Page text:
3. What little steps can you take in this moment to engage with the journey Jesus is taking you on?


“That is SO encouraging!!”

How many times have we heard someone say that? It is a very typical response to a range of scenarios. Maybe I gave you a generous compliment… or maybe I prayed for you after a church service. Maybe I gave you a prophetic word… or maybe I said I was here for you if you ever needed it.

“Thanks Tim, that has really encouraged me…”

…has it?!

“…that’s really encouraging to know”

…is it?!

I have been thinking about encouragement a lot recently. I am not discounting the above as examples of encouragement but I believe there’s a new depth of ‘encouragement’ that we are yet to grasp.

It comes down the actual word. Think about this: the prefix “en-“ means to “make” or “put in”. The word ‘encourage’ therefore essentially means “to put in courage”. When was the last time you thanked someone for saying something encouraging to you? Did it really put courage into you? Did it deposit something into your heart that allowed you to courageously step out as who you are meant to be?

Because that’s the kind of encouragement that I want to start to give. That’s the kind of encourager that I want to become.

Everyone Needs Encouragement

You see, everyone needs encouragement. At the moment I see a lot of people with a lot of training but they do not have the courage to step out and see their God-given dreams fulfilled. You can have all the training and equipping in the world, but you won’t do much without the courage to step into the person that you were created to be.

The great thing about being in relationship with the God who created the entire world is that He has the capacity to released massive dreams in people. This is great! We are each created in His image with God-given kingdom potential embedded in us. Sometimes these dreams seem impossible, but they are not when the creator of the universe is living inside of you! That’s why encouragement is so important – it’s calling out that God-given potential in people and giving them the courage to live it out!

Think about the examples above: if I give you a compliment or a prophetic word but you walk away the same as before, has it really encouraged you (put courage in you)? But if I give you a compliment or prophetic word that instills a sense of courage in your heart where you can walk out the room with a smile on your face, believing that you can see the Kingdom of God come in your situation and you can see your God-given dreams become reality, no matter how big or crazy… then that sounds like encouragement!!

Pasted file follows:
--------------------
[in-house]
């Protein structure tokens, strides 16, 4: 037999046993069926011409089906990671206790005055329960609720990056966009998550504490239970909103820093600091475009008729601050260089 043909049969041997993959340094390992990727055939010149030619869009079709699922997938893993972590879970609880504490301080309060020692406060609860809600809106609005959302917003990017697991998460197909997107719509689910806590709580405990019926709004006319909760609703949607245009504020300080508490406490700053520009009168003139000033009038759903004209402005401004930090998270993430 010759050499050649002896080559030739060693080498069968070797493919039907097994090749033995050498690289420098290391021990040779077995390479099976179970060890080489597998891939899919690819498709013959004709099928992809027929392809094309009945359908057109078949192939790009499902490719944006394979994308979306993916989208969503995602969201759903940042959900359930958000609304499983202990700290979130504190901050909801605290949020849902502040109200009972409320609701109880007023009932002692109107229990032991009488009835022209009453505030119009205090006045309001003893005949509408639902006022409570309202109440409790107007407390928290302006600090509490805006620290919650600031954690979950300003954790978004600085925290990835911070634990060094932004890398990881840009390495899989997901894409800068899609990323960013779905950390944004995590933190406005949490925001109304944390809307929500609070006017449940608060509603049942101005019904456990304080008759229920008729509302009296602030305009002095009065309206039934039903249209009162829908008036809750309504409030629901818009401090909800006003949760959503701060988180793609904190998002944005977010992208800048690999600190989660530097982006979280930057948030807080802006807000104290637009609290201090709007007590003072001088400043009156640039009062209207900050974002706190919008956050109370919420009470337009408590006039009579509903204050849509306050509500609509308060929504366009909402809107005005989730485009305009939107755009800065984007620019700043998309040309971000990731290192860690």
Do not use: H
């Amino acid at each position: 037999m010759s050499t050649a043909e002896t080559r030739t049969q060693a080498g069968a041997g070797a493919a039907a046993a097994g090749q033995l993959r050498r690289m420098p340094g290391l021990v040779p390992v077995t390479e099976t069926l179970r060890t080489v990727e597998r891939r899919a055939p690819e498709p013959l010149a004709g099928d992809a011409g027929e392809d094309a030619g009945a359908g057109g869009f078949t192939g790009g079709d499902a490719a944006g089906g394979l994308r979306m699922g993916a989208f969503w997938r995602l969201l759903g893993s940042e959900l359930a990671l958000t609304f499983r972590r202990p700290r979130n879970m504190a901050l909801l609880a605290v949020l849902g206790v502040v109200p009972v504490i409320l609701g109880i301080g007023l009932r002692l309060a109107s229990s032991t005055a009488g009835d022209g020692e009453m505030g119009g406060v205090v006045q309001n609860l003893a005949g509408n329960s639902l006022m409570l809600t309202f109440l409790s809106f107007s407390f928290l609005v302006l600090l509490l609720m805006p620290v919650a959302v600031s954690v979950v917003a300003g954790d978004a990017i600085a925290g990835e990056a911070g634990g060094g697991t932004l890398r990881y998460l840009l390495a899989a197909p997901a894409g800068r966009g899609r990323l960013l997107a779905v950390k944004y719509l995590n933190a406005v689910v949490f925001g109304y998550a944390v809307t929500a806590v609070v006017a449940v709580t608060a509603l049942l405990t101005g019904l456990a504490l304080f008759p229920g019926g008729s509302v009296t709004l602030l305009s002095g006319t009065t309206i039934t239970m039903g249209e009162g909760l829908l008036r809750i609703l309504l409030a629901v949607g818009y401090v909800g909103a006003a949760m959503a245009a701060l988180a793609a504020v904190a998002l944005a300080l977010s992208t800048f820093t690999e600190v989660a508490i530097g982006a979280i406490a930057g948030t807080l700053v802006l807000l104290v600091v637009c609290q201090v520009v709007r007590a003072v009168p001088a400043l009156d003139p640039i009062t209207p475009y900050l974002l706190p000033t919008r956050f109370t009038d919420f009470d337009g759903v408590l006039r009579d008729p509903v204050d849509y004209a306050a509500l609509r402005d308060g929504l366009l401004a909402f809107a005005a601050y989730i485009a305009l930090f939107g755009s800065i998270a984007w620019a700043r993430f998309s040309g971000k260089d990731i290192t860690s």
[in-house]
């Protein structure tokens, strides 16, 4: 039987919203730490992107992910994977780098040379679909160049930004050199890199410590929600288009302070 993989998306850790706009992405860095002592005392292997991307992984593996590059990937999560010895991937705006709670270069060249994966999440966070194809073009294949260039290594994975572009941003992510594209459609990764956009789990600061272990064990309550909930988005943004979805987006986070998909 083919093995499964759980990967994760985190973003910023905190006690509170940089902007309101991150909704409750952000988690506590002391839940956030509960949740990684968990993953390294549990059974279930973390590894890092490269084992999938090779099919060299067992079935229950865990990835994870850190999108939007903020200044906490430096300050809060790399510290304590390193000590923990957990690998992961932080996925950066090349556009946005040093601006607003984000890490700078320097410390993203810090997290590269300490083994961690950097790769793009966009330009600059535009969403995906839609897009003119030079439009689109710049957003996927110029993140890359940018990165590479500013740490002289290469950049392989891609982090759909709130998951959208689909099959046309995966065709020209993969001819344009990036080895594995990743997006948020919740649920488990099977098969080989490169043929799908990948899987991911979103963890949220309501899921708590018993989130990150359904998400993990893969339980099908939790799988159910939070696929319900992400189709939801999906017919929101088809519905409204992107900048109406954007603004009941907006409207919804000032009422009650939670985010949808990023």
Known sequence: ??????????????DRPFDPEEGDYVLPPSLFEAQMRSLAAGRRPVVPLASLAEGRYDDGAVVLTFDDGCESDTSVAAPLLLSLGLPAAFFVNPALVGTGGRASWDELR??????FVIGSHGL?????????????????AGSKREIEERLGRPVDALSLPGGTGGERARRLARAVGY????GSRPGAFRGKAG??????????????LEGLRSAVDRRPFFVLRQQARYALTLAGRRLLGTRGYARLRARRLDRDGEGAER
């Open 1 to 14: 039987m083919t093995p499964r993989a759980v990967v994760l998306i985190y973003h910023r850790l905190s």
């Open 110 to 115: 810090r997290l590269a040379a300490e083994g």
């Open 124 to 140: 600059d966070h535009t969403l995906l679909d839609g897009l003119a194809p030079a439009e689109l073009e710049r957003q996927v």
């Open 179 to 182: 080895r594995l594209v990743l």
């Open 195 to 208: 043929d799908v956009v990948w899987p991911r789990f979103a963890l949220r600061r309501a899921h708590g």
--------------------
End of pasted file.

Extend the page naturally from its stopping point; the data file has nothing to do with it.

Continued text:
Invitation and Challenge

The great thing about this kind of encouragement is that it encompasses both invitation and challenge. Imagine someone comes to me and says: “Tim, I believe in you. I believe that you can see both universities in Sheffield transformed by God’s love. Your dream to see broken students encounter God’s love will become a reality. Keep stepping out and taking opportunities because I believe in you Tim and I believe in the dreams God has given you.”

What a great thing to say to someone! Not only are they affirming what God has put in my heart, but they are inviting me into relationship and backing me as a person. However, it is also contains an element of challenge – it’s saying “I believe in you, so go and do it!” Step out and live the life God has called you to. Go!

Jesus was the best encourager. When I read some of His words I like to imagine what it would have been like to have been there. Can you imagine how courageous you would feel if Jesus said to you “all authority has been given to me, so go! Get out there and make disciples everywhere… and I’m going to be with you along the way, every single day, no matter what!” (paraphrase of Matthew 28:18-20)? That’s encouragement! There’s the challenge of chasing after an amazing dream and purpose – people from all nations being discipled! To get there, they have to go. Yet it is combined with the invitation and the reassurance that He will not leave them! No wonder these uneducated fishermen saw 3,000 people saved on day one after Holy Spirit showed up in Acts. They were left full of courage by Jesus (courage that is reinforced and increased by the wonderful Holy Spirit – Jesus in them!!)

If we just challenge people without the invitation of relationship, we end up beating them down. I don’t think the disciples would have been as effective if Jesus had just said “go and change the world and disciple people”. That sounds scary! How could they step out to be the people they were created to be without the reassurance that Jesus was going to be with them?! In the same way, if we only challenge people we do not release people to be who God has made them to be. And my guess is that those people will continue to struggle to overcome the areas of their life that you are challenging in them. However, if we grasp what it means to encourage, to put in and instill courage in the hearts of the people we are discipling, then we will see a courageous generation stand up who see and hear the dreams God has put in their heart and they believe that they can play a part in seeing them become reality.